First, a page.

Why would we use M/A?
• Minimal Manpower To Move Load
• Unanticipated Loads During The Lift.
• For Rigging Support Systems Such As Gantries, Derricks, Tripods, A-frames…
• Stabilization Systems
• Hardware & Software should be rated for the load being moved.
• The haul line should be pulled in a steady rhythmic fashion by walking not pulling.
• Never stand under the load being hauled.
• Whenever possible the pull should be a “Counter-balance pull” or downhill.
But which M/A do we use?
• Too many people pulling on the haul line can cause catastrophic failure by exceeding the tensile strength.
• Exceeding the 15:1 Safety Ratio when building M/A’s.
• Manpower to move victim.
• Less manpower means more M/A.
• KISS
• (20 mules: 1 victim)
• Rule of 18’s for ½”rope (# of rescuers x M/A= less than 18)
• No more than 6 people pulling on a 3:1
• No more than 4 people pulling on a 4:1
• No more than 2 person pulling on a 9:1

Rule #1 :“If The Rope You Are Pulling Begins At The Load, The Mechanical Advantage Will Always Be Odd.” i.e. 1:1
Rule #2:If a turn in the rope or pulley doesn’t move, then it is nothing more than a “change of direction”, with no mechanical advantage.
Rule #3:“If the rope you are pulling begins at the anchor, the mechanical advantage will always be even.” i.e. 2:1
Rule #4:“If the pulley (or a turn in the rope) moves or travels within the system, it will create a mechanical advantage.”

Rule #5:“When stacking pulleys into a system, a traveling pulley, placed on top of another traveling pulley MULTIPLIES the mechanical advantage.” This is known as Compounding the Mech. Advantage. So, if we have one system pulling on another M.A., we multiply.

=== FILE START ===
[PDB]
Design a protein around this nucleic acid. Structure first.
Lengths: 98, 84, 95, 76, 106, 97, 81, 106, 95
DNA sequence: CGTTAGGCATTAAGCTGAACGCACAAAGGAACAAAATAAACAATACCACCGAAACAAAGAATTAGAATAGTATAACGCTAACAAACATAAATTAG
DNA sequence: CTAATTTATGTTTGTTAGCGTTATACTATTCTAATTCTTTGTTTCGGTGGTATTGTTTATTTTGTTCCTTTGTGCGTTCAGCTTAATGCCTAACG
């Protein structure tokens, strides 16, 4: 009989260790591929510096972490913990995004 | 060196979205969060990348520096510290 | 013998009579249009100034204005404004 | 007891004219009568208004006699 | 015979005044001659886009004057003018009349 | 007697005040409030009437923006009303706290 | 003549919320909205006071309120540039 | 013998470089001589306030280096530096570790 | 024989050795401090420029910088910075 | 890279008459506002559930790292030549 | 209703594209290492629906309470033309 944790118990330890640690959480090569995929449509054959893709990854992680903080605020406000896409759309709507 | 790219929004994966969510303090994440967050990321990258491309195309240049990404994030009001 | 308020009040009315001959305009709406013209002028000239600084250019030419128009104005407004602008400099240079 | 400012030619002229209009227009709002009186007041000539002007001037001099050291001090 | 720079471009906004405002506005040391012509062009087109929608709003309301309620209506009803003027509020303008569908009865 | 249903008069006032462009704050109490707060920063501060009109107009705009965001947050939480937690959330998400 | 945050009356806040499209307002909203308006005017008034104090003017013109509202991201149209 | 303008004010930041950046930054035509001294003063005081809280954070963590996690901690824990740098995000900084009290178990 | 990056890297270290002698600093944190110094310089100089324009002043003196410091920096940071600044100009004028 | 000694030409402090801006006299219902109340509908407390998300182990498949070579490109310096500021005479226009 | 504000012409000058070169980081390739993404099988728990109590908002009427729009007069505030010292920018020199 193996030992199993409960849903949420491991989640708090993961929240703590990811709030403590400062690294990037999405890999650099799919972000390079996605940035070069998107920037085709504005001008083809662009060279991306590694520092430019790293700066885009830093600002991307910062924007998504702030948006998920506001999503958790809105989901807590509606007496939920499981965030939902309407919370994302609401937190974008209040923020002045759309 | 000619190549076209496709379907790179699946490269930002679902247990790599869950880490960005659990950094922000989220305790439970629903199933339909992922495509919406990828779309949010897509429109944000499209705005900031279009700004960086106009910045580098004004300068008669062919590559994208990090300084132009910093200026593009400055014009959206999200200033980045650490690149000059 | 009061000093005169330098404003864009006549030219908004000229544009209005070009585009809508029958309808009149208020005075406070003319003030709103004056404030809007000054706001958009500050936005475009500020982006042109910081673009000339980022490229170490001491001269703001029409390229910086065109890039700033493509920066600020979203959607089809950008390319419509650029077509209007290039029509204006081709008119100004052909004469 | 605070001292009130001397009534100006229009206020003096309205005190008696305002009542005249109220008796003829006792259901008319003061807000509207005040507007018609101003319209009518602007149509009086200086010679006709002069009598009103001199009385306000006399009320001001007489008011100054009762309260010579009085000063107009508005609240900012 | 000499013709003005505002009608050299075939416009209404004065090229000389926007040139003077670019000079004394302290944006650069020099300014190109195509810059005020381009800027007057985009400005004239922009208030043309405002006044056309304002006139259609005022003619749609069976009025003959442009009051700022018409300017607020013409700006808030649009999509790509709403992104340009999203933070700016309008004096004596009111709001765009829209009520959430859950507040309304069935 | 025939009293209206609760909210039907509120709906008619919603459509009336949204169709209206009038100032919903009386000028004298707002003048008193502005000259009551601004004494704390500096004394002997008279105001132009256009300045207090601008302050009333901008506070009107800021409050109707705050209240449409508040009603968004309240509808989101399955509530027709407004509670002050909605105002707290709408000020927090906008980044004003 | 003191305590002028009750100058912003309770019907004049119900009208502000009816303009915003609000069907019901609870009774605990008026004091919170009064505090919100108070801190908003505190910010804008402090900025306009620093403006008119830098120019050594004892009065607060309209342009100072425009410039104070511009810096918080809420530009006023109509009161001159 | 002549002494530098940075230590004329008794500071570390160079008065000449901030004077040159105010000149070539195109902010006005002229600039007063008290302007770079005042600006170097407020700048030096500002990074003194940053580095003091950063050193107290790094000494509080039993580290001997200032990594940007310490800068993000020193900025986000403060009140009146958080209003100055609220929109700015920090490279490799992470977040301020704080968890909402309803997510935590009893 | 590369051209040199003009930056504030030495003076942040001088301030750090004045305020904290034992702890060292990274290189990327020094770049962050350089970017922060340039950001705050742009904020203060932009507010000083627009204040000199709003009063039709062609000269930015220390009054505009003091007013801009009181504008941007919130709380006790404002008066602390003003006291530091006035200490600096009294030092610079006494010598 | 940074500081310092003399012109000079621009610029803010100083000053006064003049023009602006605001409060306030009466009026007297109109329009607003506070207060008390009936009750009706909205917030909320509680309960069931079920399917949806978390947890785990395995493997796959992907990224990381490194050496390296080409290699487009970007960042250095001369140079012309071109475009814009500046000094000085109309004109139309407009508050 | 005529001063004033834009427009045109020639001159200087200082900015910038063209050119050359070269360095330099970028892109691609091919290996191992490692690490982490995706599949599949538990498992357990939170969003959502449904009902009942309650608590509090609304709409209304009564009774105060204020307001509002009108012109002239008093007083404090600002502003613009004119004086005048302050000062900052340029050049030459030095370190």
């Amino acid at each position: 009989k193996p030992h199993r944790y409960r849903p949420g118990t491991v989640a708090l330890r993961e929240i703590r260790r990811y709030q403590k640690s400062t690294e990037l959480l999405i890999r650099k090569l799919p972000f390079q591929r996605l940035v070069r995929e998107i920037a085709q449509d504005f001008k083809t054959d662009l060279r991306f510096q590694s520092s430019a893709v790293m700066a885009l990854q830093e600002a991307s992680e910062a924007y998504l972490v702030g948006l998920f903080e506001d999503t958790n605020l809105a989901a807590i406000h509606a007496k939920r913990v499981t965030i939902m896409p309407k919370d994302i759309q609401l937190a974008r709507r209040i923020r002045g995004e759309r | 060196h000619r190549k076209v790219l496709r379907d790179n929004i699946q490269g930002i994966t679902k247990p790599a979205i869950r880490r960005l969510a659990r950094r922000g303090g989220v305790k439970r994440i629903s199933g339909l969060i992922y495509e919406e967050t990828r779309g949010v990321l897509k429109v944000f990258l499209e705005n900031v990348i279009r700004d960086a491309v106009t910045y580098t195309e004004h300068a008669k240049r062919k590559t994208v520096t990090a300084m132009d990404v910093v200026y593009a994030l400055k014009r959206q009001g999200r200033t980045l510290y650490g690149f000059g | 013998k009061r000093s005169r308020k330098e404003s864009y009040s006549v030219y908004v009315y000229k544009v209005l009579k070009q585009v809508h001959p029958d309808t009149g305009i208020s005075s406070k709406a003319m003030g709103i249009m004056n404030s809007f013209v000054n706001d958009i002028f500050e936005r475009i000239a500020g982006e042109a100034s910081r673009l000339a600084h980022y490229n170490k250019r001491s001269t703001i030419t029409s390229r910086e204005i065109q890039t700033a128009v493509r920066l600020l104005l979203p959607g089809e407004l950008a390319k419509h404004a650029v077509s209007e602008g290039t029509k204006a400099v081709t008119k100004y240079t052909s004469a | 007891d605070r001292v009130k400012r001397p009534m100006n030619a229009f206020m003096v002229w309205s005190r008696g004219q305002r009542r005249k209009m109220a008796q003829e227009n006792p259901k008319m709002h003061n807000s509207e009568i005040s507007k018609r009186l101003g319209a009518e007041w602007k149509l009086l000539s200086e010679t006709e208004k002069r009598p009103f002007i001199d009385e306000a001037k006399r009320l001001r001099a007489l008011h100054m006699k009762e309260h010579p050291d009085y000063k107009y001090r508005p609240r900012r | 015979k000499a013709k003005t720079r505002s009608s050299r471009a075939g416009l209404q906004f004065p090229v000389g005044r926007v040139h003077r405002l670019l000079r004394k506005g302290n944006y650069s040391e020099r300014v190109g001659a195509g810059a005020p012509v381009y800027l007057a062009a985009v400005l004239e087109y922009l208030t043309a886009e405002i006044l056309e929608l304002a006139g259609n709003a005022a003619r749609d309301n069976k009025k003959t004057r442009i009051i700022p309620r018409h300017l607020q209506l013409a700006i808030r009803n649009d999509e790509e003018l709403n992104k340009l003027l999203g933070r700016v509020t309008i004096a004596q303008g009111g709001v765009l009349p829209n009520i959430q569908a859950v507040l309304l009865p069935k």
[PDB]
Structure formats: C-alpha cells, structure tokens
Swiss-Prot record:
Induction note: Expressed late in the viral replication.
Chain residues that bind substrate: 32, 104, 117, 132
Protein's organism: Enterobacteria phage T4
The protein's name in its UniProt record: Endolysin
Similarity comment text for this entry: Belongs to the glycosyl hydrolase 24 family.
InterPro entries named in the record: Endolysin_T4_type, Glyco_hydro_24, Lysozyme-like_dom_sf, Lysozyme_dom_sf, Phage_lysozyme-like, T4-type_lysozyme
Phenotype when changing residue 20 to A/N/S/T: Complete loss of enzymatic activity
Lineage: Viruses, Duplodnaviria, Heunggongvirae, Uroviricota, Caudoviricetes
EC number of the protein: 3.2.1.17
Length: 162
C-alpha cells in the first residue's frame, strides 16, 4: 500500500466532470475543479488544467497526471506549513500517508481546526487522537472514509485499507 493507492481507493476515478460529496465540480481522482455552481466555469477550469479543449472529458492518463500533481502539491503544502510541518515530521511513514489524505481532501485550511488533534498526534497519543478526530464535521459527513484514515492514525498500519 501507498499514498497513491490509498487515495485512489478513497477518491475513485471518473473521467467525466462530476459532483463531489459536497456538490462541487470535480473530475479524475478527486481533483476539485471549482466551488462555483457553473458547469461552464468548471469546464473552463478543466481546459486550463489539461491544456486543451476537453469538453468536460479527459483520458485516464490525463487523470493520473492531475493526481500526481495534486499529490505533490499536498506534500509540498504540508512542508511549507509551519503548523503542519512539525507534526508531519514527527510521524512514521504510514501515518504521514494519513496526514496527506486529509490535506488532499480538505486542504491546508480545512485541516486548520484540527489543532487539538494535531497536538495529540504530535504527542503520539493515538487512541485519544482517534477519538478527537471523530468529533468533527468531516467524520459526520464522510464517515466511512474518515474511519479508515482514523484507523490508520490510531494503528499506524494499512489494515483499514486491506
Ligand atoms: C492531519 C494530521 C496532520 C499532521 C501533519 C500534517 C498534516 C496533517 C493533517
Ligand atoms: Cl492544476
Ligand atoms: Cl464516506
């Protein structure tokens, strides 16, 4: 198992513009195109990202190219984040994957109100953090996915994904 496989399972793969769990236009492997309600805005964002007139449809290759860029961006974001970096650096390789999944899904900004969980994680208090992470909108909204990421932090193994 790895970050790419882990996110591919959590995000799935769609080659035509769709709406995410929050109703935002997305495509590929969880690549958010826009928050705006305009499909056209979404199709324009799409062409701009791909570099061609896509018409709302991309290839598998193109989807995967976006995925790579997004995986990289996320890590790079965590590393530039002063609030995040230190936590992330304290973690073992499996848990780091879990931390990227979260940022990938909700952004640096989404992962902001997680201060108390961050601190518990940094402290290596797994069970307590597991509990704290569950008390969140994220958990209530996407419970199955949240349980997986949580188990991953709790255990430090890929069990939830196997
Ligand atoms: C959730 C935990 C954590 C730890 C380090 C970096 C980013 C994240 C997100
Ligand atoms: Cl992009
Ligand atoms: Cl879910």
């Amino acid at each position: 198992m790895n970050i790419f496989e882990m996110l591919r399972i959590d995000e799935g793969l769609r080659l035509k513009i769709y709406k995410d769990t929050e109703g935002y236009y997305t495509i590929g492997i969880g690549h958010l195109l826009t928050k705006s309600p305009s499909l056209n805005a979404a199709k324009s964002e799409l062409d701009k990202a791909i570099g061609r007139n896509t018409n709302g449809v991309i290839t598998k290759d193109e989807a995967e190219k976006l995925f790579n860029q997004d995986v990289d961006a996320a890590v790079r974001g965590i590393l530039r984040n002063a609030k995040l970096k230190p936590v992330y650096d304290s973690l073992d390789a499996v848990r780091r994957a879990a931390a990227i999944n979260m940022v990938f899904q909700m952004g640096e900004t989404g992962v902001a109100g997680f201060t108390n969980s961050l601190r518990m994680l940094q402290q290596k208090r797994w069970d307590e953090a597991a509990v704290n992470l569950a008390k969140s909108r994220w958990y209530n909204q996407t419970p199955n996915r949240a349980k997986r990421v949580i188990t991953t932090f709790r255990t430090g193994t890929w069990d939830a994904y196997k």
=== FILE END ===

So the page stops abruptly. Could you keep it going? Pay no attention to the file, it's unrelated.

• COMPOUND M/A
• 2:1 x 2:1= 4:1

2:1

X

2:1

= 4:1

Rule #6:“If we stack a pulley on a non-traveling pulley, we ADD the mechanical advantage.”

1:1

2:1 + 1:1= 3:1

3:1=

1:1

+

2:1

Prussik Hitches
• A prussik sling at the recommended pre-tied lengths of 53" and 65" is constructed from 6 - 8mm prussik cord and tied using a double fisherman knot.
• Creates a man made rope grab/ clutching system.
• A pulling prussikhitch seizes the rope and pulls it into motion.
• A braking prussikhitch seizes the rope and prevents it from moving.
• A ratchet prussikhitch allows mechanical advantage pulley systems to be reset for repeated multiple pulls.
Prussik Hitches
• Prussik hitches are used in tandem.
• Tandem double-wrapped prussik system can be used for loads up to 300 pounds
• A tandem triple-wrap prussik system can be used for loads exceeding 300 pounds.
• DO NOT USE CAM SYSTEMS!!!
Number Of People Pulling On MAS.
• Too many people pulling on the haul line can cause catastrophic failure by exceeding the tensile strength.
• Rule of 18’s for ½”rope.
• No more than 6 rescuers pulling on a 3:1 MAS with 1/2" rope – 6 x 3 = 18
Elements to the Block & Tackle
• Block - wooden or metal shell.
• Sheaves - metal roller inside the shell.
• Tackle - system incorporating 2 blocks and rope
Calculate The Amount Rope For Block & Tackle